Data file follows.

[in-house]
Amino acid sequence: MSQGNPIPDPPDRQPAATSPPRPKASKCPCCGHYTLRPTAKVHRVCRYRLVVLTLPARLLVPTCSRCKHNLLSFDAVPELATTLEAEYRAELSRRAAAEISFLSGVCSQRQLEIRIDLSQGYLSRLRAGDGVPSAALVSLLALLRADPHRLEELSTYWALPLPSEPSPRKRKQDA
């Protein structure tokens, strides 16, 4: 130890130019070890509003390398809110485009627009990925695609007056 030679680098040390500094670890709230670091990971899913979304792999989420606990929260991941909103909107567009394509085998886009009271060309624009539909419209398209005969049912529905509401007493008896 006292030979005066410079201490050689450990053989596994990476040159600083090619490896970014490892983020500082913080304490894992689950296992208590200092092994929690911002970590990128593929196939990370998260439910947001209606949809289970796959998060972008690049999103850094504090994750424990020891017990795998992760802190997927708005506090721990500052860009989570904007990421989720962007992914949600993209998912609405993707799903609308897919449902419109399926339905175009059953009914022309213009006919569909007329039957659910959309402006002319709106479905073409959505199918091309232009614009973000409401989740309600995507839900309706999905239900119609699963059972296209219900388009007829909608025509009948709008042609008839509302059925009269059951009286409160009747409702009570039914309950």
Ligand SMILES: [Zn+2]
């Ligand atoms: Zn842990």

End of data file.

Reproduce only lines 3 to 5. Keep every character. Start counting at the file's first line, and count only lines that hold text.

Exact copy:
């Protein structure tokens, strides 16, 4: 130890130019070890509003390398809110485009627009990925695609007056 030679680098040390500094670890709230670091990971899913979304792999989420606990929260991941909103909107567009394509085998886009009271060309624009539909419209398209005969049912529905509401007493008896 006292030979005066410079201490050689450990053989596994990476040159600083090619490896970014490892983020500082913080304490894992689950296992208590200092092994929690911002970590990128593929196939990370998260439910947001209606949809289970796959998060972008690049999103850094504090994750424990020891017990795998992760802190997927708005506090721990500052860009989570904007990421989720962007992914949600993209998912609405993707799903609308897919449902419109399926339905175009059953009914022309213009006919569909007329039957659910959309402006002319709106479905073409959505199918091309232009614009973000409401989740309600995507839900309706999905239900119609699963059972296209219900388009007829909608025509009948709008042609008839509302059925009269059951009286409160009747409702009570039914309950």
Ligand SMILES: [Zn+2]
């Ligand atoms: Zn842990």